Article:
Targhee sheep are generally white with average fleece weights of 10-14 pounds with a 21-25 micron count. With this low micron count Targhee fleece is ideal for soft yarn that will not be scratchy next to the skin.The staple length is 3-5 inches and the grease fleece has a yield of 50-55%.
Commonly used for meat production and are considered a dual purpose sheep, producing both meat and wool
Ewes have about 150% lambing rate and they lamb well on pasture.
These are hardy animals and are preferred in South Dakota, Montana and Wyoming because of this. Mature body weight in 200-300 pounds for Rams and 125-200 pounds for ewes. They are easy to care for and long lived.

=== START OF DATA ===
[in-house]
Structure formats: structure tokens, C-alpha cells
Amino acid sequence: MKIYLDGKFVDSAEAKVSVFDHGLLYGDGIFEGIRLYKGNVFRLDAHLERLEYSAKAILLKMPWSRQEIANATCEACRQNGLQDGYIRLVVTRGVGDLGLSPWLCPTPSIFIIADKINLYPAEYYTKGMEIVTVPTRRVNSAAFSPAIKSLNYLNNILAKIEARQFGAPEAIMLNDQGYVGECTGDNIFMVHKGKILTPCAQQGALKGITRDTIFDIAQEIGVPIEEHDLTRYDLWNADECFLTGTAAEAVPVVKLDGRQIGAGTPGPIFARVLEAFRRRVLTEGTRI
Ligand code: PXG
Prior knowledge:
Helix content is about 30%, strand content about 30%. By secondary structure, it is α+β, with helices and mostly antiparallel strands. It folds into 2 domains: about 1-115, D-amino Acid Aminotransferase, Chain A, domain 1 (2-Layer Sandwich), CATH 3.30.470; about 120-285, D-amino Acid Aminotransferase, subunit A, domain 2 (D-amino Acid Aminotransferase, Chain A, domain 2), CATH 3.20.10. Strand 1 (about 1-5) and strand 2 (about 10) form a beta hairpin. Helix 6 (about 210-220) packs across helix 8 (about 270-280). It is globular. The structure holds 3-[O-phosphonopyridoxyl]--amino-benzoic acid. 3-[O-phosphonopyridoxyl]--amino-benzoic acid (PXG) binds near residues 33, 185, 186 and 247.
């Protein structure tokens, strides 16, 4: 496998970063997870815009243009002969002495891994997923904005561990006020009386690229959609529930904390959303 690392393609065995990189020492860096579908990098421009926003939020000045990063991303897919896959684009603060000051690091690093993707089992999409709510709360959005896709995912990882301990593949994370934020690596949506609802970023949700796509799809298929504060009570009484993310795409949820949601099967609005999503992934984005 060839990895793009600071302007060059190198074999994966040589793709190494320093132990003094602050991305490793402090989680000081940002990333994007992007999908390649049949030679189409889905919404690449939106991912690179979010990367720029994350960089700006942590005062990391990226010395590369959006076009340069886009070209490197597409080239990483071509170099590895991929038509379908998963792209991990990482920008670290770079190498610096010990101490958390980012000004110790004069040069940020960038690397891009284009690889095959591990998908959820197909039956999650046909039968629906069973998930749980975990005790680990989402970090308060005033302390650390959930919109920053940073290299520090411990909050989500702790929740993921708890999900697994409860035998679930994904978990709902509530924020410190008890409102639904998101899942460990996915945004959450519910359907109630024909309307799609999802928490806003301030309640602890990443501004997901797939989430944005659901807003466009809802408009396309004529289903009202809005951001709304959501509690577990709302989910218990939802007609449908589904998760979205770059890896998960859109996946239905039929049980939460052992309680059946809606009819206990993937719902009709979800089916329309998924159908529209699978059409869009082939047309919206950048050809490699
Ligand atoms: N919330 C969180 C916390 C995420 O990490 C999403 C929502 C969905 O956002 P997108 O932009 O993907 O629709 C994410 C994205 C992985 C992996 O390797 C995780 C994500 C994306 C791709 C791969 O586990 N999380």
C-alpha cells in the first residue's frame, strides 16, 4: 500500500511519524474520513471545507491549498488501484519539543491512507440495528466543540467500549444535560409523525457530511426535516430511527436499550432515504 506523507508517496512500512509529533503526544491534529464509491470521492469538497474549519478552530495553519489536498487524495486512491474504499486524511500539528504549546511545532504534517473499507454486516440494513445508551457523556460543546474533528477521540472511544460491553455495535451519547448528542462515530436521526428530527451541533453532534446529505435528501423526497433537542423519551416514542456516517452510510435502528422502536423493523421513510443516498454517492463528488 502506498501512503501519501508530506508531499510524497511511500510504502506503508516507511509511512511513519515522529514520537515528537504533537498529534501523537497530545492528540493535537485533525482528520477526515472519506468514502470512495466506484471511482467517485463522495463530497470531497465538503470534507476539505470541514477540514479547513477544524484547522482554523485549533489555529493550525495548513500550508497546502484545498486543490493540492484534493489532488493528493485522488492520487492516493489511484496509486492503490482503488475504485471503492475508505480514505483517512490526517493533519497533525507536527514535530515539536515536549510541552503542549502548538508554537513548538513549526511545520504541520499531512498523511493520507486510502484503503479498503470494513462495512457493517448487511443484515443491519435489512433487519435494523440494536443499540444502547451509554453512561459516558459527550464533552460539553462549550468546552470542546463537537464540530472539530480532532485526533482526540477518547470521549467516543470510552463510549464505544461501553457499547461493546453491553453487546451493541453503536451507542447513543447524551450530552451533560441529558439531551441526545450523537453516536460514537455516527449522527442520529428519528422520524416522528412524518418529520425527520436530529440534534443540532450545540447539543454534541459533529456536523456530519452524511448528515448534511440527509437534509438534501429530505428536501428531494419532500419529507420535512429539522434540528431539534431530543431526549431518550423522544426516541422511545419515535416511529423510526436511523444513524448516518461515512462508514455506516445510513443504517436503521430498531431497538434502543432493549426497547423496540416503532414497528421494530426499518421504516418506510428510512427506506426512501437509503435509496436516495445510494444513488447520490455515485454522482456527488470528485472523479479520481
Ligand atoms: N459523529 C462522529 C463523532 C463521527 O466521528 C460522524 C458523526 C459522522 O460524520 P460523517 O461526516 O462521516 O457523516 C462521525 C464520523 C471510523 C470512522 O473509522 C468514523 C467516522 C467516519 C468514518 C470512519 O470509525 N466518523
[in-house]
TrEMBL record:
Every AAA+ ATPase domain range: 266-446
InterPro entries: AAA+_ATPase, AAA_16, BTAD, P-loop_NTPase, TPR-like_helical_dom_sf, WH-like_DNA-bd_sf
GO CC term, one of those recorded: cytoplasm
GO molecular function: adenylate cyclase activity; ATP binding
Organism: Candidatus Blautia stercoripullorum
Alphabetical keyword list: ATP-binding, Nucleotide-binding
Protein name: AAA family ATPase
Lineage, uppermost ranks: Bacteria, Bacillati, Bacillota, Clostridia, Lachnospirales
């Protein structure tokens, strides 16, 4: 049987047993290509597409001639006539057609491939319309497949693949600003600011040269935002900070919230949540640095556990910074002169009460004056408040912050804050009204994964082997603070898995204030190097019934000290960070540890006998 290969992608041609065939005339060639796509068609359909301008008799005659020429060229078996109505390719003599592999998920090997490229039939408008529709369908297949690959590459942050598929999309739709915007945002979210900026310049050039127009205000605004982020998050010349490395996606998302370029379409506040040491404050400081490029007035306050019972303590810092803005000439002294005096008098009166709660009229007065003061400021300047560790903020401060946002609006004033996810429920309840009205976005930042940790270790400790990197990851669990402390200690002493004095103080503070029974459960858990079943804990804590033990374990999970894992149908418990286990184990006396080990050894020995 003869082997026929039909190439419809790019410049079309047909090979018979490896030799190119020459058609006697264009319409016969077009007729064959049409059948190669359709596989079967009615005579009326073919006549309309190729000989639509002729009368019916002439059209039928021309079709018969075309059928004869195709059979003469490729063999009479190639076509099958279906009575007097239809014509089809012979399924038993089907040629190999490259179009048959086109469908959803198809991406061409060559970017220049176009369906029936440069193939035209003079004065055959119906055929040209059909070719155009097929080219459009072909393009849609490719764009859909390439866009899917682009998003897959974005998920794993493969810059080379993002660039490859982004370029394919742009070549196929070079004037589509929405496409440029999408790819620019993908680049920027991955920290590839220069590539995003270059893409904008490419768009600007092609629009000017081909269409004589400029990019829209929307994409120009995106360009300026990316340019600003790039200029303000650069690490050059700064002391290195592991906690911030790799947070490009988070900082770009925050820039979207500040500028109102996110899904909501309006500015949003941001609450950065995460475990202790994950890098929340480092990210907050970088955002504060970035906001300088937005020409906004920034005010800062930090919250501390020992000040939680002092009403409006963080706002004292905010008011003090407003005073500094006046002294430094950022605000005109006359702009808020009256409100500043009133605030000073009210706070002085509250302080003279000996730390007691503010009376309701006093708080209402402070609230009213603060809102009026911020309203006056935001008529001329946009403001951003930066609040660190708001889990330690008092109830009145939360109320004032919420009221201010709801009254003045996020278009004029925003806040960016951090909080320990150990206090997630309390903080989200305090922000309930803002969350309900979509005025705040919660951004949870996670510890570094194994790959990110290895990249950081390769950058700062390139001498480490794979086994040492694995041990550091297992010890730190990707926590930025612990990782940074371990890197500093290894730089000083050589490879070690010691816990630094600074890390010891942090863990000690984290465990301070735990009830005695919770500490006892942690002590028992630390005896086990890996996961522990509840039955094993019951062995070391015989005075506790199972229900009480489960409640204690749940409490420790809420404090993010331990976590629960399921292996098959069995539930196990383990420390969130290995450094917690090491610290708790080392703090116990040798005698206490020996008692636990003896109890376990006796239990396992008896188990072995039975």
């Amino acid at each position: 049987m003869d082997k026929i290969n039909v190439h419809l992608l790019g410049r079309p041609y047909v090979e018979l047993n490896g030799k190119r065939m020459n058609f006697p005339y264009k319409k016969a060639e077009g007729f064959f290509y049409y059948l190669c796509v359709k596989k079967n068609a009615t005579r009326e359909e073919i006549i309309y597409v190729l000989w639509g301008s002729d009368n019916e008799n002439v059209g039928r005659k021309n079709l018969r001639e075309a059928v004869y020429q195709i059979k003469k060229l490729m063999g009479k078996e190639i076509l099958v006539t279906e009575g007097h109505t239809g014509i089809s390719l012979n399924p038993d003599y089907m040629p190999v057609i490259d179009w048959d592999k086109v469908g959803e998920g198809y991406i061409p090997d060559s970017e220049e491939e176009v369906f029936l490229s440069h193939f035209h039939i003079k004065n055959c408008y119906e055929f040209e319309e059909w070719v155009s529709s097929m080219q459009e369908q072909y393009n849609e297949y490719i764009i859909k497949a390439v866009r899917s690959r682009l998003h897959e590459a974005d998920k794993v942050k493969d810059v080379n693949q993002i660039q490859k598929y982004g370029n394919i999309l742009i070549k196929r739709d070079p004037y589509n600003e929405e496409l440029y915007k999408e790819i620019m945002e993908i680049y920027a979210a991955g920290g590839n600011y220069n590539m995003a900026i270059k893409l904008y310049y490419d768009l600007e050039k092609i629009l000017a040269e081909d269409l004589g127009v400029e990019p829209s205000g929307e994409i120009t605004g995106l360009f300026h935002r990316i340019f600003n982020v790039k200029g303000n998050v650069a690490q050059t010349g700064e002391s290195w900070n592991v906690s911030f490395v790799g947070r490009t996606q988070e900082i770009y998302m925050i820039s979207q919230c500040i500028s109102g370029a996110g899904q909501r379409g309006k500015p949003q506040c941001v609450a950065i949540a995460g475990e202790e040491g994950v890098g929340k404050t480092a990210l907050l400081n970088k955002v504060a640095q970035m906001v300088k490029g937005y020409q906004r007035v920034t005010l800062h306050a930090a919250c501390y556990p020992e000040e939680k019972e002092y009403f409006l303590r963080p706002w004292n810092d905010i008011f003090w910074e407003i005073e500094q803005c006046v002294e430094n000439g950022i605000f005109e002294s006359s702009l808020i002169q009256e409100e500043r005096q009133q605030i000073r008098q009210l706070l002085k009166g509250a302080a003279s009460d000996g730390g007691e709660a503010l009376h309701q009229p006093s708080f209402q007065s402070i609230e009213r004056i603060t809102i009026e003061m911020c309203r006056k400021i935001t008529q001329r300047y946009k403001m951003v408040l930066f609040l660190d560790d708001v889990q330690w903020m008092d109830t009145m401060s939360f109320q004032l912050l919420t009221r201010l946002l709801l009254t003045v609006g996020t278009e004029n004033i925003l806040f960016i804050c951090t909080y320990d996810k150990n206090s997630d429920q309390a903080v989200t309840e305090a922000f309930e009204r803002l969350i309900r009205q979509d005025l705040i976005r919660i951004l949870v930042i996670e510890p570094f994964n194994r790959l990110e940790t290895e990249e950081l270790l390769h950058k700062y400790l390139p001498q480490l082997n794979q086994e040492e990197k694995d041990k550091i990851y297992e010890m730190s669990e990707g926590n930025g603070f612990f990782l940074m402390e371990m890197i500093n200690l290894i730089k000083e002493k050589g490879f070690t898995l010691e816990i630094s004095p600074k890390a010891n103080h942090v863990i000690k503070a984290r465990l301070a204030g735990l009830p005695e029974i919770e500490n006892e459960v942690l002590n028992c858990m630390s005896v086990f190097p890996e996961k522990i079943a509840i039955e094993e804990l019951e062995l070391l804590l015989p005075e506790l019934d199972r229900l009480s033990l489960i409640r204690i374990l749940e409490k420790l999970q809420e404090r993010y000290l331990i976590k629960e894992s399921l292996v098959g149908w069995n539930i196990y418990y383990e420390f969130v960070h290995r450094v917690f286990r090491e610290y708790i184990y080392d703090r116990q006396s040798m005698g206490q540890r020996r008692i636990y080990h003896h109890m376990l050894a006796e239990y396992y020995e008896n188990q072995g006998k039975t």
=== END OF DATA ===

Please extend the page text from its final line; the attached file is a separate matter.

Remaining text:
The Targhee breed was developed at the U.S. Sheep Experiment Station in Idaho in the fall of 1926 and is one of America’s youngest sheep breeds. The breed was developed to meet the demand for fine wool as well as meat in one animal. Rambouillet, Lincoln, and Corriedale ewes were bred to the best Rambouillet rams available at the station. Through careful selection over several years the new Targhee breed was developed. The breed was named for the Targhee National Forest where the animals grazed during the the summer. Targhee originated from the name of the chief of the Bannock Indians who lived in the area in the 1860’s. Since then the U.S. Targhee Sheep Association registers over 2000 sheep per year and has members in 38 states and Canada.